The Vols vs. Kentucky
Quarterback Jarrett Guarantano, #2, for the Tennessee Volunteers celebrating at Kroger Field after taking the final kneel to win the game against the Kentucky Wildcats away in Lexington, Kentucky on Saturday, November 9, 2019.

COLUMBIA, MO- For the first time since 2016, Tennessee is going bowling.

Tennessee made its fair share of mistakes on a cold night in the “Show me” state, but the Vols fought through them all to win their fourth straight game and to pick up their second ever win at Faurot Field.

Here are three takeaways.

Let’s talk about the mistakes

While Tennessee was able to pick up a 24-20 win on the road, they didn’t make it easy on themselves.

Tennessee out gained Missouri 526-280 and had 10 more first downs than the Tigers, but costly mistake after costly mistake kept Missouri in it until the very end.

Missouri blocked a pair of Tennessee field goals; the first coming on a 35-yard try from Brent Cimaglia while the second was on a 48-yard attempt early in the second half.

The second kick would have given Tennessee a 10-point lead, but instead Missouri started with great field position and tied up the game with a touchdown drive.

The kick completely shifted the momentum in the game. It looked like the Vols may have been set to distance themselves from Missouri, but instead the game was tied midway through the third quarter.

“One of them I felt like they got pressure up the middle and got their hands up,” Tennessee head coach Jeremy Pruitt said. “Brent (Cimaglia) I think kicked the second one low. The ball never got off the ground there. It was a huge part in the game where field position changed.”

Another self-inflicted wound came early in the fourth quarter. With Tennessee on the Missouri 32-yard line and set to extend its lead to two possessions, Tim Jordan fumbled giving the Tigers new life.

Additional mistakes from Tennessee included giving up a fake punt, poor clock management and committing seven penalties for 60 yards.

As costly as the mistakes were, credit Tennessee for continuing to fight and find a way to win. It would have been hard to see Tennessee winning a game, let alone a SEC road game like this after the Vols 1-4 start, but this team has rallied and continues to find ways to win.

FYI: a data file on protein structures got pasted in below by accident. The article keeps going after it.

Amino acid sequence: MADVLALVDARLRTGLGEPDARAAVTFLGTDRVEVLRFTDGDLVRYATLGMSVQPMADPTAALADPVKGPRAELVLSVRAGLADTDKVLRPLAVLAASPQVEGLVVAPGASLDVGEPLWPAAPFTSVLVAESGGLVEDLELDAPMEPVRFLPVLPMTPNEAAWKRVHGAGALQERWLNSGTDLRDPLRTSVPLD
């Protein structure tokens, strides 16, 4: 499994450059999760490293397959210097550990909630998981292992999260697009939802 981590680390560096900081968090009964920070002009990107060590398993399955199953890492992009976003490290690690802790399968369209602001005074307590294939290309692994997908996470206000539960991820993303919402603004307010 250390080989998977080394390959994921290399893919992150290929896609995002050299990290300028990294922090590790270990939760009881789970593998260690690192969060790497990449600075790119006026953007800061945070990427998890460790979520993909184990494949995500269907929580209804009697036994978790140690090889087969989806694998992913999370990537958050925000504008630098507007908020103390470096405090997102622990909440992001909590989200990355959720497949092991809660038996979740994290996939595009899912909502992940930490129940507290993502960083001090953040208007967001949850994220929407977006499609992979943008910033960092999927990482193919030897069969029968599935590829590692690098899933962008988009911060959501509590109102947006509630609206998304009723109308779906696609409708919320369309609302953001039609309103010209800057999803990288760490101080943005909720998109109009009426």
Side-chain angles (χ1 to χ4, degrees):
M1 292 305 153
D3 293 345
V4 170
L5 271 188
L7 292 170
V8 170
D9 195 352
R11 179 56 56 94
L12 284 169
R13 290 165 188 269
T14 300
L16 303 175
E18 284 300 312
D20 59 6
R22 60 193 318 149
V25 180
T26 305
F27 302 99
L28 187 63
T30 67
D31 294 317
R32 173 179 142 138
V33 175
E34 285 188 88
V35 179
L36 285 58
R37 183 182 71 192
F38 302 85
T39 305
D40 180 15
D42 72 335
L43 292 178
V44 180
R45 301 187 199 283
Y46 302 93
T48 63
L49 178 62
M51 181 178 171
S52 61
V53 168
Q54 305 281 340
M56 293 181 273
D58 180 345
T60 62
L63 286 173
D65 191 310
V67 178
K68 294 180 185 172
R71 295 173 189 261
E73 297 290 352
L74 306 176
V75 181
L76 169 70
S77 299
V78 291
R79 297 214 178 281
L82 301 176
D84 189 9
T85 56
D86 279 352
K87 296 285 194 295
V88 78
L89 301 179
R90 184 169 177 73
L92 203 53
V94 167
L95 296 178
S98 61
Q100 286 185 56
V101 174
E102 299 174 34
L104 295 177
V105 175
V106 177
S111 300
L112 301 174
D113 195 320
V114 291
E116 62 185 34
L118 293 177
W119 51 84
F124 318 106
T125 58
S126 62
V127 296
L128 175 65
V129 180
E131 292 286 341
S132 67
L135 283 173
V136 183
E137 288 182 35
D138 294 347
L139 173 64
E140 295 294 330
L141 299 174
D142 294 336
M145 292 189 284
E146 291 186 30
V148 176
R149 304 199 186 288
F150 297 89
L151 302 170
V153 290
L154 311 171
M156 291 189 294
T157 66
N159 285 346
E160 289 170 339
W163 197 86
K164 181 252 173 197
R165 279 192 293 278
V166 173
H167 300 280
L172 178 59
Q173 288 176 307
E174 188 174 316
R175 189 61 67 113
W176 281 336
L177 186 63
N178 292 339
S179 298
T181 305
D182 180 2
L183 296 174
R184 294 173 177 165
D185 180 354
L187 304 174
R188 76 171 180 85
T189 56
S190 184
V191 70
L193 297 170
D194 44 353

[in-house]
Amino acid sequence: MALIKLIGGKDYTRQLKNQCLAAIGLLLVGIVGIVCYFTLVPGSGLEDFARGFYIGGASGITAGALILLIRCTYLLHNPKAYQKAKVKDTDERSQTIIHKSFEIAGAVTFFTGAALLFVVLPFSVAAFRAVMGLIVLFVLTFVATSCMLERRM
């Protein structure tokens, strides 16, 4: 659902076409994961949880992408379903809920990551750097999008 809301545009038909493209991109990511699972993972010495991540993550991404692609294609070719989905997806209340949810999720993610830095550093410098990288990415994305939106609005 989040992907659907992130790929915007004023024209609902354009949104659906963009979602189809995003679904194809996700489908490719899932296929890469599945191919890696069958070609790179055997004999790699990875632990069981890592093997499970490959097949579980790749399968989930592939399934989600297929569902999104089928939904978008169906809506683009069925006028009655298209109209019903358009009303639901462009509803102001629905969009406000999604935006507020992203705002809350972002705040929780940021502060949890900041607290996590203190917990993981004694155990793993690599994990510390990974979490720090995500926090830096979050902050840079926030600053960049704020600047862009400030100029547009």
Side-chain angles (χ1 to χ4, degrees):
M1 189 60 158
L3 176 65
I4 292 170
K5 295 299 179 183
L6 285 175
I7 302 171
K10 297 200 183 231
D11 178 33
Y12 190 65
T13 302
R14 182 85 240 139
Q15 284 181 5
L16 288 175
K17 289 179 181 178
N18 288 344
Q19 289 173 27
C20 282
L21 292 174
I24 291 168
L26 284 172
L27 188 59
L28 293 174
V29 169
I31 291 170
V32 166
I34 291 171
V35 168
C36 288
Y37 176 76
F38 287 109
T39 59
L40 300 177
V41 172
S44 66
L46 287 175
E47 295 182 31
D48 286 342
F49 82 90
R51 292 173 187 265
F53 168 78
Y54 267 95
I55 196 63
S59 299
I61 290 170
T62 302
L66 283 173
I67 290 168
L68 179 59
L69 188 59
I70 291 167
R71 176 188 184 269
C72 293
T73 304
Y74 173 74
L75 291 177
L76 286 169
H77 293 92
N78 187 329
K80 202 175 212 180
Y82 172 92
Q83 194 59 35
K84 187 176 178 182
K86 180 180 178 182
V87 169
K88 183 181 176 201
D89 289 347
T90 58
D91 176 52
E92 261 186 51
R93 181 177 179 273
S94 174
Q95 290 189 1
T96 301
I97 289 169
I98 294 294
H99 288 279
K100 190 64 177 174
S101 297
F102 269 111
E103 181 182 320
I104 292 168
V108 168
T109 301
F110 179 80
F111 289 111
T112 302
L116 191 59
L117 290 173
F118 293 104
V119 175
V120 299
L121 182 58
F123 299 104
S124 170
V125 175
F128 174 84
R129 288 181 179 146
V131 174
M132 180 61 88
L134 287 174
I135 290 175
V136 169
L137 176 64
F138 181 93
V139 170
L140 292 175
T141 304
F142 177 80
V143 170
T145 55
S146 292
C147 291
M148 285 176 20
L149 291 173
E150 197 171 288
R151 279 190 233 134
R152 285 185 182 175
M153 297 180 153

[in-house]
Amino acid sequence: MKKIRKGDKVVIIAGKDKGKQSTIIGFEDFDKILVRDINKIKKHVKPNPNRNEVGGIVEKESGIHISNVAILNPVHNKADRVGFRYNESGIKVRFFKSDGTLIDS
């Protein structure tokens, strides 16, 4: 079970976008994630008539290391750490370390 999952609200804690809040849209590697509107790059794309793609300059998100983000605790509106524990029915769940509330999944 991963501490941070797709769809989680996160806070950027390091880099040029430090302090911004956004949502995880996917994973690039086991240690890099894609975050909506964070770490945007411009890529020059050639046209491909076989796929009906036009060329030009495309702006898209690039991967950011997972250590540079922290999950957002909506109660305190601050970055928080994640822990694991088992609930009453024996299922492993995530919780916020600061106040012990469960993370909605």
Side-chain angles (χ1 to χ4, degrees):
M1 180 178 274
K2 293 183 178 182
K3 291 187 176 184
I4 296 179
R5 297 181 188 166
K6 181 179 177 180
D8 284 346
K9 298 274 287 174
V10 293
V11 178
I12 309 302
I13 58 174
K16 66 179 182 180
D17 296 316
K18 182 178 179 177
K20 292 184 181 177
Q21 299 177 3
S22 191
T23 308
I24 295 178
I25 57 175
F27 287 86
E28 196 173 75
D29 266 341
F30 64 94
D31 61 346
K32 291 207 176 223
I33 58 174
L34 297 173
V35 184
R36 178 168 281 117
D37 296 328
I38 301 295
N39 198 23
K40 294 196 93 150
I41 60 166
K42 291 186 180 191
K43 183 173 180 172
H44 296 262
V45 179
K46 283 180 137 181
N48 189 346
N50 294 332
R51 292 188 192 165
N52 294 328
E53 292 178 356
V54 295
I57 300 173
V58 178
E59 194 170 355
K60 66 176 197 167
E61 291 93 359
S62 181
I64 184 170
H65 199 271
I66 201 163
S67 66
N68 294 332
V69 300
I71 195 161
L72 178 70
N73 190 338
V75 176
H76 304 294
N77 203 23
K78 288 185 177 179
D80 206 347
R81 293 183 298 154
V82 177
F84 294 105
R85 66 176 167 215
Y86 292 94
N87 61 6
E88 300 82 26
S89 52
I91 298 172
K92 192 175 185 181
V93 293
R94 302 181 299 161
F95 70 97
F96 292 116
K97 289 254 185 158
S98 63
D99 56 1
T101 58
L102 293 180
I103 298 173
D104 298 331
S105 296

“We dug ourselves into a ton of holes in this game,” Pruitt said. “But we found ways to win the game at the end. It’s a huge win for our players, our coaches and everyone in our program.”

Vols finish first half strong

Tennessee got the ball at its own 25-yard line trailing 10-7 with 7:38 remaining in the first half. 

The Vols proceeded to put together its best drive of the night marching 75 yards in 13 plays using just over six minutes.

Tennessee went 4-for-4 on third down on the drive capped off by a third-and-five completion from Jarrett Guarantano to Jauan Jennings who made a pair of Tiger’s defenders miss before finding the endzone and giving the Vols the lead once again.

Leaving Missouri just 1:32 left in the half it looked like the Vols would go into the half with a four-point lead. 

Tennessee’s defense bucked up, and despite giving up a first down, the Vols offense would get the ball back at their own 24-yard line and 38 seconds left.

With some poor clock management and a pair of impressive Josh Palmer catches, Tennessee was able to set up a short field goal.

Brent Cimaglia would drill the 27-yard field goal as time expired giving Tennessee a 17-10 lead at halftime. 

The end of the half would be easy to look over due to the craziness of the second half, but Tennessee doesn’t pull out the win without the strong last five minutes of the half.

Jim Chaney earns his paycheck

It took Jeremy Pruitt and Tennessee $1.5 million to pry Jim Chaney away from Georgia last offseason.

The highest paid offensive coordinator in the nation earned every cent of it, and maybe even a raise, tonight in Columbia.

If you’ve followed teams Chaney has coached you know that he likes to throw the ball all over the yard, and that’s what he did tonight.

Jarrett Guarantano played the best game of his career going 23 of 40 with 415 yards and two touchdowns.

Chaney put trust into a quarterback that seemed to have lost all of it two months ago and he was rewarded.

Chaney got Tennessee’s receivers, the strength of this team, the ball in great positions all night and they did not disappoint.

For the first time in program history, Tennessee had three receivers tally over 100 yards in one game as Jauan Jennings had 115 yards and a touchdown. Marquez Callaway had 110 yards in a touchdown and Josh Palmer hauled in six passes for 124 yards.

“We had some fun out there,” Guarantano said. “Coming into the game we knew Missouri was a top 10 defense. We knew that they had some things that we could work on, and the bye week helped us out as we were able to get a head start on them. Our receivers played really well.”

“Let me tell you they made some tough catches,” Pruitt said. “All three of them know they’ve been in a physical game. They caught balls across the middle. Think about the catches they made going across the middle. Anyone can catch it running to the sideline. Our guys made all the catches tonight.”

As successful as the Vols passing game was Chaney also did a great job of sticking to the run game.

Tennessee’s tailbacks would carry the ball just 22 times, but it was enough to keep the Tigers honest. Tennessee would have some success running the ball in the second half as the Vols totaled 111 yards on the ground.

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